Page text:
Purplebricks announced on Wednesday it was shuttering its U.S. operations. The flat-fee brokerage was only live in the U.S. for less than two years, but its departure doesn’t come as a surprise to many former employees.

Purplebricks announced on Wednesday, it was shuttering all U.S. operations. It’s an inglorious end here to the U.K.-based flat-fee brokerage, which launched stateside less than two years ago to great fanfare, earning $2.6 million in its first seven months and quickly expanding to multiple markets.

Now, as the company pulls out of America (following an earlier retreat from Australia) to concentrate its focus solely on Canada and the U.K., many former employees say they saw the writing on the wall.

“I cannot say I’m surprised,” one former employee told Inman. “After working at Purplebricks from the beginning until May of 2019 I witnessed many missteps and lack of understanding of the business and U.S. market by the management team.”

The employee told Inman that they and their partner decided to leave the company in May, because they felt the writing was on the wall.

“In my opinion, there were several major missteps that led to their decision to leave the U.S.,” the former employee said. ”The most notable was shortly after opening the Los Angeles operations the management team decided to expand into other cities and states. There was a lot of concern and pushback from the agents but management never wanted to listen.”

Purplebricks itself, in announcing the closing, admitted that it expanded too quickly in the United States, in its fiscal year 2019 results. The company said the investment in the U.S. total has been £53 million or roughly $66.6 million. Initial closure costs are expected, plus an initial cut of closure costs expected to be between £4-6m or roughly $5 million to $7.5 million.

The former employee also pointed to what they called a shortsighted decision — Purplebricks deciding to launch an escrow company, when the infrastructure just wasn’t there. The former employee called that moment eye-opening to see that management would rather learn on the fly than understand how the business worked.

Another former employee told Inman that there was simply a lack of trust from the company’s U.K. management. The source said founder Michael Bruce brought in many transplants from the U.K. to run the company.

“Michael and Kenny Bruce were unwilling to listen to the U.S. team on how real estate works in the U.S.,” the former employee said. “They wanted to fit a round peg into a square hole, just like the U.K., but the way things work in the U.K. is 100 percent different than the U.S.”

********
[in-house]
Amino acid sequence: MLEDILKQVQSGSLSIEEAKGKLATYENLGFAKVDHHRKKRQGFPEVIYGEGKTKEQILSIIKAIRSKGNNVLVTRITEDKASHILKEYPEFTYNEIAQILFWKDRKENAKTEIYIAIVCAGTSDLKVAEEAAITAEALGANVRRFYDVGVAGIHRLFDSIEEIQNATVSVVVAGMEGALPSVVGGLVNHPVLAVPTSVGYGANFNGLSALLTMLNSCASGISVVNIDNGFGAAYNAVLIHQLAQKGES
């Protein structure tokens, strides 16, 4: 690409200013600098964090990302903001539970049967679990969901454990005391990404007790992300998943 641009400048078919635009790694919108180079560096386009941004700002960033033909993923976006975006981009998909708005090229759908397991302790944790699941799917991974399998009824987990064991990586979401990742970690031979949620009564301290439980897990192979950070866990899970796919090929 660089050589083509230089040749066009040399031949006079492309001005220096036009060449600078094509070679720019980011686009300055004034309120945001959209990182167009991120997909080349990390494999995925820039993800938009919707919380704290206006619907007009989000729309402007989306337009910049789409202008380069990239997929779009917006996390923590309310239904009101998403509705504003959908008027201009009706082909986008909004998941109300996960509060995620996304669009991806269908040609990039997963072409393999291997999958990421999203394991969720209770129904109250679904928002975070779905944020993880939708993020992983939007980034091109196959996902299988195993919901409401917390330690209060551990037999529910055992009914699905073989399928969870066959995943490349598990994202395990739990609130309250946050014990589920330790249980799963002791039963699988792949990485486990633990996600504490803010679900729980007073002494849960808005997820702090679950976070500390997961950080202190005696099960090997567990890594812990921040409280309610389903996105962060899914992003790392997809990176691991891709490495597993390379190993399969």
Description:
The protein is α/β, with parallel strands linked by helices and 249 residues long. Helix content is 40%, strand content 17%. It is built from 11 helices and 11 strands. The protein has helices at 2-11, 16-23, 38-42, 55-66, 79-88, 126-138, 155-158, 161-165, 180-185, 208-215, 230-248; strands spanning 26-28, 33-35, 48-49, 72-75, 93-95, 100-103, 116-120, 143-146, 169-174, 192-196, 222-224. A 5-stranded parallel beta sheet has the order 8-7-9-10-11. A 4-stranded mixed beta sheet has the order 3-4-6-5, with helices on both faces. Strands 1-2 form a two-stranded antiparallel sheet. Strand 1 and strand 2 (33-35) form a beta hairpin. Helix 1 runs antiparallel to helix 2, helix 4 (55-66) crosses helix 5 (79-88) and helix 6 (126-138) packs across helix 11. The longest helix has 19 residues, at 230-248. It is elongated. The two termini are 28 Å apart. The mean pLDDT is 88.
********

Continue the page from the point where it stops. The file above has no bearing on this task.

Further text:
The former employee also criticized the way the company spent money.

“They wanted to advertise on TV which is expensive and refused to listen to other options,” the former employee said. “It was always ‘it worked in the U.K. it will work here.’”

“They didn’t listen to the regional leaders to do more localized marketing at much lower cost,” the former employee added.

Another former employee told Inman that it was complete nepotism. U.K. management only trusted the U.K. transplans to make decisions, when they had no clue about the U.S. real estate market.

Eric Eckardt, the former CEO of Purplebricks’ U.S. outpost, echoed the sentiment of inefficient marketing spending, shared by one former employee, when discussing the shutdown with Inman. Eckardt left the company in February to pursue other opportunities, he told Inman.

“With regard to Purplebricks, there were certain ‘dynamics’ and it came down to unit economics with an inefficient marketing spend using a U.K. playbook to drive brand awareness and consideration,” Eckardt said. “The U.S. was the best-performing country based on performance [key performance indicators], but customer acquisition costs were not efficient.”

“As noted before, I’m very proud of the U.S. team’s accomplishments,” Eckardt added. “We launched and scaled operations to build a national platform, providing access to over 25 percent of the addressable market while performing at a high level.”

Email Patrick Kearns

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